Top Five House Selling Disasters - PropertyBlawg

Top five house selling disasters

by Rebeccacraft on August 14, 2013

If you go down the traditional route when you want to sell your house, there seem to be a million things to worry about. There are asking prices and estate agents to select, repairs and renovations to conduct, and then the dreaded wait for viewers and offers.

There is potential for disaster at all points in the sales process too, with there being significant risk of losing precious time and money from the moment the For Sale sign goes up until the keys are handed over.

Here is a list of the top five most common disasters which could affect you if you take the traditional house selling route.

1. Lingering on the market

According to statistics from Hometrack, properties sold in England in July 2013 had been on the market for an average period of 8.2 weeks. However, there are always horror stories of people who have waited years to sell their home.

With the housing market and economy in such a poor state, people are experiencing extreme difficulty purchasing an abode. This means that sellers are forced to lower their valuations and make efforts to stand out from the competition in order to secure an offer.

2. Buyer pull-outs

Possibly the most heart-wrenching house selling disaster is the fall through – when a buyer backs out of the transaction they had agreed to. Unfortunately for the seller, the person they make a deal with can usually withdraw as late as the moving-in day.

This can be extremely distressing because you will have gone through the costly and time-consuming process of working with conveyancers and surveyors only to have the money and promise of a sale snapped away from you.

3. Poor house surveys

When a seller accepts an offer, the buyer’s mortgage provider will conduct a survey of the home to give it a valuation. The lender may deem that the property is worth less than the agreed price, forcing the buyer to offer less or back out.

They can also say that the property is ‘unmortgageable’, perhaps due to serious defects such as breach of building regulations or high flood risk. This outcome could render your home unsellable on the open market.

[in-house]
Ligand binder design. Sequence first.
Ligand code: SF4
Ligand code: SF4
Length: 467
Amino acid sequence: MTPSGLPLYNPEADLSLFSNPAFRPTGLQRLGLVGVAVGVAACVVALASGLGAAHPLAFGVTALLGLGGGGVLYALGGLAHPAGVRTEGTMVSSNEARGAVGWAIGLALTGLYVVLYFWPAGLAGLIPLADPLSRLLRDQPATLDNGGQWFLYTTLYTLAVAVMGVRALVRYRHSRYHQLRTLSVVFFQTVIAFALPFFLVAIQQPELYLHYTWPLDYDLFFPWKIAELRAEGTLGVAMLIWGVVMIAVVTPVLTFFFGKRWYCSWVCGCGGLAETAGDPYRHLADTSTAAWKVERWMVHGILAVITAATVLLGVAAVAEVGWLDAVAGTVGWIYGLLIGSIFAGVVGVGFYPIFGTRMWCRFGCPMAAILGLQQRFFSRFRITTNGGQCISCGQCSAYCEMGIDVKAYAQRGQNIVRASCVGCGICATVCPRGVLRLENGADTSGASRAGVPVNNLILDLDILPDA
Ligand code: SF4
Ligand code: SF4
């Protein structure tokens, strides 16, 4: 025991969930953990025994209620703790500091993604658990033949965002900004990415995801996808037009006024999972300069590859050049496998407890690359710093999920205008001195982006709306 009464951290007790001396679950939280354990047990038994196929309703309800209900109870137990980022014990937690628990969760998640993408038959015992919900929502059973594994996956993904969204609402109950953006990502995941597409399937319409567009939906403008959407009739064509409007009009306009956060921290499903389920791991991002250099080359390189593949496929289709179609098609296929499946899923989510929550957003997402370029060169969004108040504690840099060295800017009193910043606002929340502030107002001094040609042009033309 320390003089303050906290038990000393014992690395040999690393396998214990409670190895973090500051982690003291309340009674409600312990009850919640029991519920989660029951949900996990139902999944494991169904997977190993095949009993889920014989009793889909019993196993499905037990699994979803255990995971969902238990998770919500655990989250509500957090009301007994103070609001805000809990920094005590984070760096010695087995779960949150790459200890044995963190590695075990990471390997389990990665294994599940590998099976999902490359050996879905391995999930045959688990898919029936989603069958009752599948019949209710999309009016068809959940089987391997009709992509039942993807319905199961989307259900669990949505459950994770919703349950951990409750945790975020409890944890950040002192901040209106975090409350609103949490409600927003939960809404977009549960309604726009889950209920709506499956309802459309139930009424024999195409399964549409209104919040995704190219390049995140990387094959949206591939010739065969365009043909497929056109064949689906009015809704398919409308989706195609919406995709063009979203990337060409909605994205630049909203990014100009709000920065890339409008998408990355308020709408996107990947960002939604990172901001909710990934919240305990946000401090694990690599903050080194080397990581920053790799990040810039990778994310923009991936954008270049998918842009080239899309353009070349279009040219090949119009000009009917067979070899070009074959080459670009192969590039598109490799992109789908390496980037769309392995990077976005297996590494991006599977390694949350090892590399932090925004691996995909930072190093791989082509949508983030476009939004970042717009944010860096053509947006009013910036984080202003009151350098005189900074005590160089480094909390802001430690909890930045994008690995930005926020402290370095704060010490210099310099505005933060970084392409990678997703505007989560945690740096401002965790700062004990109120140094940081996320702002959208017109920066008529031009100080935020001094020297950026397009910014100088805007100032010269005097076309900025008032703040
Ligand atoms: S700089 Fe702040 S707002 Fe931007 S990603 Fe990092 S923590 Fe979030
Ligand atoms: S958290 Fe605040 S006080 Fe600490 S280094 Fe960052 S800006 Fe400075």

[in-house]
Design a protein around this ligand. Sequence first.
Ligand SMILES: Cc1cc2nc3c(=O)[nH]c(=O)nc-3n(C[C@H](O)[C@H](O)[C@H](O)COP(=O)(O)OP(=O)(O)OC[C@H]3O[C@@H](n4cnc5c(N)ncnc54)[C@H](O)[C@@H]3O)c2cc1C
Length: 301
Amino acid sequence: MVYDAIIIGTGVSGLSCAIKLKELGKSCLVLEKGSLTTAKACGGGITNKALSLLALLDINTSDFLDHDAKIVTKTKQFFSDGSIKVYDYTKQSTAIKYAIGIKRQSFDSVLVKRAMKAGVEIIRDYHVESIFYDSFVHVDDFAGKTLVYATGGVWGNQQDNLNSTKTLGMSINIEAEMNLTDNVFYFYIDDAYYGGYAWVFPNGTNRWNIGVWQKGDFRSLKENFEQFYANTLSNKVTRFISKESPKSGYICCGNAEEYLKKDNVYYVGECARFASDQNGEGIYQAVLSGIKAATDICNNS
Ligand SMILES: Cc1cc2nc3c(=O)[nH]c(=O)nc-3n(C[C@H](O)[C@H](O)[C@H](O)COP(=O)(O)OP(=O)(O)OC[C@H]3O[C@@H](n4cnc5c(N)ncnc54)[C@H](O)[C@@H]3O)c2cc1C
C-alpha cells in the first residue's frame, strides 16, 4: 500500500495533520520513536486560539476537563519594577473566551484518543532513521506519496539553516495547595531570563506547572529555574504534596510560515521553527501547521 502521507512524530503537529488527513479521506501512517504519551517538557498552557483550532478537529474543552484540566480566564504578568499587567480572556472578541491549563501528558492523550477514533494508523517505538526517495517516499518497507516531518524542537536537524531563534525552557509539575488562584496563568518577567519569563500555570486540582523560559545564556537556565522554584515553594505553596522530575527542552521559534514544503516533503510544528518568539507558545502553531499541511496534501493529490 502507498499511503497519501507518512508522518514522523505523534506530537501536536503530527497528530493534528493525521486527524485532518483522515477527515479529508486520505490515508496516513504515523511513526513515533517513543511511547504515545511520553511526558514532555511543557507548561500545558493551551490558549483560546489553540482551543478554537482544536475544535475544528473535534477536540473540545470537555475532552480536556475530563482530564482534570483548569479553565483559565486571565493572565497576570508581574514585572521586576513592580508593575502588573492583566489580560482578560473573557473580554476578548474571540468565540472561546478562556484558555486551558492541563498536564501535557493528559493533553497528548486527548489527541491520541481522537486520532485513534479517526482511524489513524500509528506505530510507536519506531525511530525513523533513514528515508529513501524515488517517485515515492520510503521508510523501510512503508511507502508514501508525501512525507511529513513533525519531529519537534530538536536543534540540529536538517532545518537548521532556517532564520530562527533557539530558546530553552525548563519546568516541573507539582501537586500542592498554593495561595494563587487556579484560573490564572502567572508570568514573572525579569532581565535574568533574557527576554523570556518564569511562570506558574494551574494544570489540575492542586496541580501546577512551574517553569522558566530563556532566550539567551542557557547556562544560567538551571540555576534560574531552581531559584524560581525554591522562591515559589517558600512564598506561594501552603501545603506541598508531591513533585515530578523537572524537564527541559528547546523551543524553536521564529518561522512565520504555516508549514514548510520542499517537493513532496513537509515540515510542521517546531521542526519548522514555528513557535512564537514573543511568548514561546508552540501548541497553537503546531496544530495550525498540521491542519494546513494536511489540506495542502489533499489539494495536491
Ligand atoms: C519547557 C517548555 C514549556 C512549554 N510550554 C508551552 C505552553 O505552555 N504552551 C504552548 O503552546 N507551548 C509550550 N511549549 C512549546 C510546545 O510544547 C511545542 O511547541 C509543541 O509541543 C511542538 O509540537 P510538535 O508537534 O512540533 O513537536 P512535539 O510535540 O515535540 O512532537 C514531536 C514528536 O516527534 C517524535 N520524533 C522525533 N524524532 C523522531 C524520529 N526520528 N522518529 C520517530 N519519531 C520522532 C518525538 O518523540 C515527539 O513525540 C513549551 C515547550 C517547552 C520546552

Issues can also arise when an aspiring buyer pays for a homebuyer or structural survey. This involves a thorough inspection into the condition of the abode, and poor results may compel you to pay for repairs or lower your agreed valuation.

4. Gazundering

Although not as upsetting as a transaction withdrawal, gazundering can be a very frustrating occurrence during the selling process. It involves the buyer reducing their offer, typically prior to the exchange of contracts, leaving the seller to either abandon the sale or take less money.

This is particularly annoying if you have agreed to take your home off the market as part of the deal conditions, meaning that you do not have any other offers on the table. Many people feel compelled to take the lower offer as they have already invested so much time in the transaction.

5. Chain delays

Selling a property can become extremely complicated when you are trying to purchase a home at the same time – this is extremely common as it is the situation which arises when people move home – or when the buyer is trying to sell their current abode.

This chain of selling and buying can lead to significant delays, because a problem at any level has repercussions on everyone else involved. As a result, you may have to back out of a sale and forfeit your dream home, or postpone or abandon the sale of your own property.

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